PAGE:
Fresh concerns have been raised about China's property sector as Kaisa Group has become the latest developer to miss a payment to investors.
Kaisa said it was facing unprecedented pressure on its finances due to a challenging property market.
It comes as rival developer Evergrande Group is still reeling under the weight of more than $300bn (£222bn) of debt.
The crisis at Evergrande has triggered fears that its potential collapse could send shockwaves through global markets.
Meanwhile, Evergrande has sold a UK-based asset as it faces another payment deadline on Saturday.
Trading in shares of Kaisa Group and three of its units was halted in Hong Kong on Friday, after one of its businesses missed a payment on a wealth management product.
Friday's filing to the Hong Kong stock exchange did not give a reason for the trading suspension.
Before the suspension, Kaisa, which has a market value of about $1bn, saw its shares hit a record low on Thursday after falling by 15%.
The Shenzhen-based developer said on Thursday that it is facing unprecedented pressure on its finances due to a challenging property market and downgrades by rating agencies, which makes it more difficult for it to borrow money.
Analysis box by Mariko Oi, Asia business correspondent
Evergrande has been the most high profile example of China's debt crisis but there are others in the property sector with similar issues.
Their total combined debt is estimated to be more than $5tn, according to Japanese banking giant Nomura. That's almost the size of Japan's economy.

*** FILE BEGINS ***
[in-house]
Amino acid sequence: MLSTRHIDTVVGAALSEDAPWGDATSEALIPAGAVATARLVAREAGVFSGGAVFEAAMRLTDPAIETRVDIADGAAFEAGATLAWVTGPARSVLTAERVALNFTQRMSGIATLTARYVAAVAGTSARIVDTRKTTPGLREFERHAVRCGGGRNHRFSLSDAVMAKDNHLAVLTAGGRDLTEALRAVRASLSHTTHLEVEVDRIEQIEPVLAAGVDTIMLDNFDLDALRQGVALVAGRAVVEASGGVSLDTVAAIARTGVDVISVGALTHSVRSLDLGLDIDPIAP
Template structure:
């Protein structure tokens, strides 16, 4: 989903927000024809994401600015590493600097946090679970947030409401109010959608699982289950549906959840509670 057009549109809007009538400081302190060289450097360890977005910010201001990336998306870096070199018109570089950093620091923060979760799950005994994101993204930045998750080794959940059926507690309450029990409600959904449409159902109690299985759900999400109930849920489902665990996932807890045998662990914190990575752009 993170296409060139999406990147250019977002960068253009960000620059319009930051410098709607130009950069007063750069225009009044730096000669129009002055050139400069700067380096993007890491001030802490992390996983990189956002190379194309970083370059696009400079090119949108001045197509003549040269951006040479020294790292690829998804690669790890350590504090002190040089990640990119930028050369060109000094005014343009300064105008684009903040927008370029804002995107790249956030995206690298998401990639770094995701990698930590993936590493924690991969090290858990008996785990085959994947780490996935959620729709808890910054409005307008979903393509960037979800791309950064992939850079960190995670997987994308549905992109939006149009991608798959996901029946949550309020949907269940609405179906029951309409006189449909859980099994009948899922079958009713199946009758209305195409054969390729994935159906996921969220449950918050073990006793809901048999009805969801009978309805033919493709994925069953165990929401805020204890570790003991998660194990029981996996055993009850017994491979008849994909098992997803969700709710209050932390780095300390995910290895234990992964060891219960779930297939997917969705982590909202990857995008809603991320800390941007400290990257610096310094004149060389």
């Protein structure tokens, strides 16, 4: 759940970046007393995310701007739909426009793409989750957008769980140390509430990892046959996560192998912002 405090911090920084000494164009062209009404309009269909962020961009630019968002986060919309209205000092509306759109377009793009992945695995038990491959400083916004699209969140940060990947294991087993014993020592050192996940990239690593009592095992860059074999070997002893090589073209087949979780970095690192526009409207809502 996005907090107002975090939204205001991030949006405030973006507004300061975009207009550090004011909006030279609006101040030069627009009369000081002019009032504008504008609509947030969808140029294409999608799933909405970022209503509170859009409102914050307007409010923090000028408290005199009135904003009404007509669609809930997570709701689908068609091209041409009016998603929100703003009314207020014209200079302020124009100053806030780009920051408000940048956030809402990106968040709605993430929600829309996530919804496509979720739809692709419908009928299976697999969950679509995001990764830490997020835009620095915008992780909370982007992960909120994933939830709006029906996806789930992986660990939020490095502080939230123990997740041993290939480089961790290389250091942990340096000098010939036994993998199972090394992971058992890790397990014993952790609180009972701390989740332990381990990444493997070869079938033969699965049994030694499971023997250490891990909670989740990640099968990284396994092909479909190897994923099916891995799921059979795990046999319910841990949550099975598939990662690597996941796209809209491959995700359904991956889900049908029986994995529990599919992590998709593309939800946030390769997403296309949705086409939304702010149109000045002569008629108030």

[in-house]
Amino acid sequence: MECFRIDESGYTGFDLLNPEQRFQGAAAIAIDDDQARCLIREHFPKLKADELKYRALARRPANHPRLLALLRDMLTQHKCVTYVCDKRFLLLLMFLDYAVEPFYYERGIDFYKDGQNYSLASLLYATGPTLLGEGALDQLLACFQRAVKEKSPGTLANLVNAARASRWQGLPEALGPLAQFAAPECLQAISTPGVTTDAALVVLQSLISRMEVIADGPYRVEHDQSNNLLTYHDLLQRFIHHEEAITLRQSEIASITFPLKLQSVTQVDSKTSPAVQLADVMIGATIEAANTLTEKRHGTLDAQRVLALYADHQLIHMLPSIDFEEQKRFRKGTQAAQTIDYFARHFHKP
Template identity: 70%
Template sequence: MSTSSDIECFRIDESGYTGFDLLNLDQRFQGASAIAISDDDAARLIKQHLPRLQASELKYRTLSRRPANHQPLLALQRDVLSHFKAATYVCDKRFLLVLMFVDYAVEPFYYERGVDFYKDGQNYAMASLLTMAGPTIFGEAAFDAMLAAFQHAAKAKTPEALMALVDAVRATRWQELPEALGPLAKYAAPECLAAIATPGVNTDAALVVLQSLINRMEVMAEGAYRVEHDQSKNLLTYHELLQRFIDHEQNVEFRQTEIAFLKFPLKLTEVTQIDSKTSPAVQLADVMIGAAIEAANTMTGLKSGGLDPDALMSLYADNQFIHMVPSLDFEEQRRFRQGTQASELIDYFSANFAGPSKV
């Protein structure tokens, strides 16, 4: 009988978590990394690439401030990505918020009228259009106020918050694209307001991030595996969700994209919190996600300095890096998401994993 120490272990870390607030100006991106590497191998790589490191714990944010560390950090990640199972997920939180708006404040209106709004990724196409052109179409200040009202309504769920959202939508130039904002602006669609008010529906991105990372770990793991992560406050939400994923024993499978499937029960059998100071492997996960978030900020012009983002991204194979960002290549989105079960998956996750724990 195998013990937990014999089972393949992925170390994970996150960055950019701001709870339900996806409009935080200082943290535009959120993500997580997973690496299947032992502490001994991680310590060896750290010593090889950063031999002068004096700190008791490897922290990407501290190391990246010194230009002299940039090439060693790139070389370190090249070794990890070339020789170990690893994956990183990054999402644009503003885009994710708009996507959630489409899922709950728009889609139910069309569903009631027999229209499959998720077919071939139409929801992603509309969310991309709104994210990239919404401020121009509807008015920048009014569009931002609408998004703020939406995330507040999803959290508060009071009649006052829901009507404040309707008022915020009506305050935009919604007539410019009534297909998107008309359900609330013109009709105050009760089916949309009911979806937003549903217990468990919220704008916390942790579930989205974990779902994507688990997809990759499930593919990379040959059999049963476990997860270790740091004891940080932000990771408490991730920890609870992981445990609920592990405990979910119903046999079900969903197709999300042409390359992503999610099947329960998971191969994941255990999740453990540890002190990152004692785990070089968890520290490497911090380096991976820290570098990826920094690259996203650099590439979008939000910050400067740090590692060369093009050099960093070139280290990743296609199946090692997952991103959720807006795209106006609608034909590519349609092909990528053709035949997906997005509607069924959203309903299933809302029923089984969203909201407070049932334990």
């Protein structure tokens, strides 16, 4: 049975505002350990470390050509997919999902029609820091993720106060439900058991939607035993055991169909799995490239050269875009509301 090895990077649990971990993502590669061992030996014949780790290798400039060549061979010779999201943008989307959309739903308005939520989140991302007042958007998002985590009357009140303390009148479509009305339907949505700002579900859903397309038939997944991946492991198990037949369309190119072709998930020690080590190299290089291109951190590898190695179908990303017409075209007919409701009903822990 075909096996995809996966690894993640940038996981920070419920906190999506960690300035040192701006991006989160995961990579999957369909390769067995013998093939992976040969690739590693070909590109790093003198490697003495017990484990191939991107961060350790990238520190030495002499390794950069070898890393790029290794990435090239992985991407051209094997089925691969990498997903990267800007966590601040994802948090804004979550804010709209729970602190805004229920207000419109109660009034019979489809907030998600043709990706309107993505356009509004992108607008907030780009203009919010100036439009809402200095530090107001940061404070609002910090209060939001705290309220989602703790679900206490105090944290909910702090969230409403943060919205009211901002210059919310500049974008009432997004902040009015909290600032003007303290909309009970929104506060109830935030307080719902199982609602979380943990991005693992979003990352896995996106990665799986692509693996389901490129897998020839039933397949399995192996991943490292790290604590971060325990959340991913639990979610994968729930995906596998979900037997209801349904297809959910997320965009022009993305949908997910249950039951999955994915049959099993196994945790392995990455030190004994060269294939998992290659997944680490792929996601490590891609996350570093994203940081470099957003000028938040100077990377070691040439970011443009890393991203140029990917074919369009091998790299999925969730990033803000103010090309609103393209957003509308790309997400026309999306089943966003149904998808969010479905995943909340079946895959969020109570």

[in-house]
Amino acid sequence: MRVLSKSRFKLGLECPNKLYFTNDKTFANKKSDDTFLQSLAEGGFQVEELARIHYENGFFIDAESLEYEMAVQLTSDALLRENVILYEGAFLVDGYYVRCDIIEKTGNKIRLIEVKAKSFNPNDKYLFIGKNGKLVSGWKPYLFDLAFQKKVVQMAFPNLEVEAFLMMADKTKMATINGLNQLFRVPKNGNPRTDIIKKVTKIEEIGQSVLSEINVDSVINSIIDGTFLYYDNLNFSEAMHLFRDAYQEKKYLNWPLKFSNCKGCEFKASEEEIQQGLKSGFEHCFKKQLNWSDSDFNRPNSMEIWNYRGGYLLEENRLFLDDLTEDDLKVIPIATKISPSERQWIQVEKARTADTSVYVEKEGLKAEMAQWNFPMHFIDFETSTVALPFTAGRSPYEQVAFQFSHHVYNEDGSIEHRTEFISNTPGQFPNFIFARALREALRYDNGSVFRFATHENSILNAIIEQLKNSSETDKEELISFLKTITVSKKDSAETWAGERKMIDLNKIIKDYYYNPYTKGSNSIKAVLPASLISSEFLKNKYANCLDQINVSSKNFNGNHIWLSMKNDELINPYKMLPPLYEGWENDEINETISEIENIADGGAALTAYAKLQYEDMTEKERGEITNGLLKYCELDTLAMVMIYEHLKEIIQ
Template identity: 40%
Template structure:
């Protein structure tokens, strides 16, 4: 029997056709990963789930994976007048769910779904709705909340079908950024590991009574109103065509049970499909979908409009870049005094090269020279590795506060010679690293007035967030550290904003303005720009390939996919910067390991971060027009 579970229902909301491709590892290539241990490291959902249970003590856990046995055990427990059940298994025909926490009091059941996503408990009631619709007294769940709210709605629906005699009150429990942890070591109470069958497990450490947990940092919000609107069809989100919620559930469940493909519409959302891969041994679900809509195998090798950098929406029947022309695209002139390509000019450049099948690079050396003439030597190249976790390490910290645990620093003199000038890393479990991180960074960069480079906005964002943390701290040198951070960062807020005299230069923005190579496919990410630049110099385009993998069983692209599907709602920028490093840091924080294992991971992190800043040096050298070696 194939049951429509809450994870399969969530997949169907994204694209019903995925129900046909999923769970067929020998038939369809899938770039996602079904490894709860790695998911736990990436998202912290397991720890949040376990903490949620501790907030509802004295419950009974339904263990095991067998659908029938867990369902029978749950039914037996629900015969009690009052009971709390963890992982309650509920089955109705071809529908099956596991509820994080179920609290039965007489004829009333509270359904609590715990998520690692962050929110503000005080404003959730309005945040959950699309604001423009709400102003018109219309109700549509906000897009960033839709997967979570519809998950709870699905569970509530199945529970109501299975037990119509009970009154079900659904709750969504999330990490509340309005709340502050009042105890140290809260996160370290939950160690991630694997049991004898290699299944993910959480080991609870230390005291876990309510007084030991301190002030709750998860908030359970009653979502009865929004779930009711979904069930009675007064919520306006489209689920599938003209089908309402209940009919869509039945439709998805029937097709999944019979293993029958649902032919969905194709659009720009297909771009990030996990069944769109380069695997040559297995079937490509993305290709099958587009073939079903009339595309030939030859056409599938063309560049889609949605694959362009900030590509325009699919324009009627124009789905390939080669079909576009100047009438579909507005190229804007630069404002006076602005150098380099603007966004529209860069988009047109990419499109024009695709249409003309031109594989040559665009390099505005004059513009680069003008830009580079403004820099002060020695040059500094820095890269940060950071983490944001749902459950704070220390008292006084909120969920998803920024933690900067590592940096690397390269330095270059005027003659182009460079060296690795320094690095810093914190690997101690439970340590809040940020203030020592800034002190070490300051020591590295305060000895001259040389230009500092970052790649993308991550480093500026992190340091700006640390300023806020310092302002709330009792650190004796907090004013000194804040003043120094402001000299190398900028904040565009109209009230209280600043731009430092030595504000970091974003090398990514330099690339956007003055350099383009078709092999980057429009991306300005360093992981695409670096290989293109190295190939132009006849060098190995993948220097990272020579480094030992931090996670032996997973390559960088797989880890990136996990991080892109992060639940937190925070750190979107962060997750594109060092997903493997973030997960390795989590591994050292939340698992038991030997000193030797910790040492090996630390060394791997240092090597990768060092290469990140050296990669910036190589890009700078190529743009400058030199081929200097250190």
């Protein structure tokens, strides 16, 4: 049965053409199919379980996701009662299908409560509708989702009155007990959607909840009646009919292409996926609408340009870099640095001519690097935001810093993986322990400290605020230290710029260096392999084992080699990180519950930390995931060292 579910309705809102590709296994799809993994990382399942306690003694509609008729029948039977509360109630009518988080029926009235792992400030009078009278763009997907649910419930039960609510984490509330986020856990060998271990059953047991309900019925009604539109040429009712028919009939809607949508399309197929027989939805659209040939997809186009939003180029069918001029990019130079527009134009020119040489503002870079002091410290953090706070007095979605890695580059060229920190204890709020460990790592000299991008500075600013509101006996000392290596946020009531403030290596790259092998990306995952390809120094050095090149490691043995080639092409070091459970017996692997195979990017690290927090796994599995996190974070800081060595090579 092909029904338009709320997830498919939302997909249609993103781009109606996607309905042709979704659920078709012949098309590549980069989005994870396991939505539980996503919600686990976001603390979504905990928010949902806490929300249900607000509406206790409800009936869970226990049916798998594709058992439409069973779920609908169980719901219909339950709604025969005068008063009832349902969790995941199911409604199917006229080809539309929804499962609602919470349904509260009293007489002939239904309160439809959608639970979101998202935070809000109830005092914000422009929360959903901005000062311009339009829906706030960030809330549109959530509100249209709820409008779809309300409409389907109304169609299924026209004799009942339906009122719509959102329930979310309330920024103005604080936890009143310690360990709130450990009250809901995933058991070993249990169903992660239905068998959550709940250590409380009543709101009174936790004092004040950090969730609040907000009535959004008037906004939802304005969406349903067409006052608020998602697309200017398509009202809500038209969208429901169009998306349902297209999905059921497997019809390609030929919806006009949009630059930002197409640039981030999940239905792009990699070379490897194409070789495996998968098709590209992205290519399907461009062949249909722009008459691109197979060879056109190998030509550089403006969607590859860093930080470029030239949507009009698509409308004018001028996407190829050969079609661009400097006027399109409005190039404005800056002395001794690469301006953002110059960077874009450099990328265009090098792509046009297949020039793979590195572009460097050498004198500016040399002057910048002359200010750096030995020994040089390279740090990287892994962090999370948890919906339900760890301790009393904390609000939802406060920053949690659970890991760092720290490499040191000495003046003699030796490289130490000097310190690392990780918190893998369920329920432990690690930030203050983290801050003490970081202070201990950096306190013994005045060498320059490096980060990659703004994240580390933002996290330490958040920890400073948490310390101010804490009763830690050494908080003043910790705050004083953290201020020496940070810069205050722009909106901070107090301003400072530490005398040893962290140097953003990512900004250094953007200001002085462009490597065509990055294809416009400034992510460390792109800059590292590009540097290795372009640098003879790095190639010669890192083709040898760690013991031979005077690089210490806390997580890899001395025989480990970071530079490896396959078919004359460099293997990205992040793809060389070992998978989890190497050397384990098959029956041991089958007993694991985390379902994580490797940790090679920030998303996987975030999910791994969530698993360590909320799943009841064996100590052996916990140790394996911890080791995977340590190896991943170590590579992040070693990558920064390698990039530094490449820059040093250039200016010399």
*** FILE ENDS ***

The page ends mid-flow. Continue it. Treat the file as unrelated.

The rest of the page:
Fantasia, Sinic and China Properties Group have all defaulted on debts in recent months while Kaisa has become the latest developer to miss a payment.
Beijing has restricted how much these developers can borrow and it has proposed introducing a local property tax but the move is controversial because local governments rely on land sales for their revenues.
However, investors and economists are worried that the financial issues faced by these developers will make consumers even more reluctant to buy property in an economy where real estate has been a major driver for growth.
On Saturday, an Evergrande unit is due to make $82.5m of interest payments to investors, while next Wednesday a 30-day grace period expires for other interest payments owed by the embattled property developer.
Evergrande's shares were suspended in Hong Kong for 17 days last month after the company requested a trading halt ahead of the announcement of a major transaction.
However, a plan to sell a large stake in its property services unit for $2.6bn fell through as it was unable to agree the terms of the deal.
On Thursday, Evergrande's vehicle manufacturing unit sold its UK-based electric motor making business Protean as it tries to raise funds to meet its obligations.
Evergrande didn't say how much it was paid for Protean, which it bought in 2019 for $58m.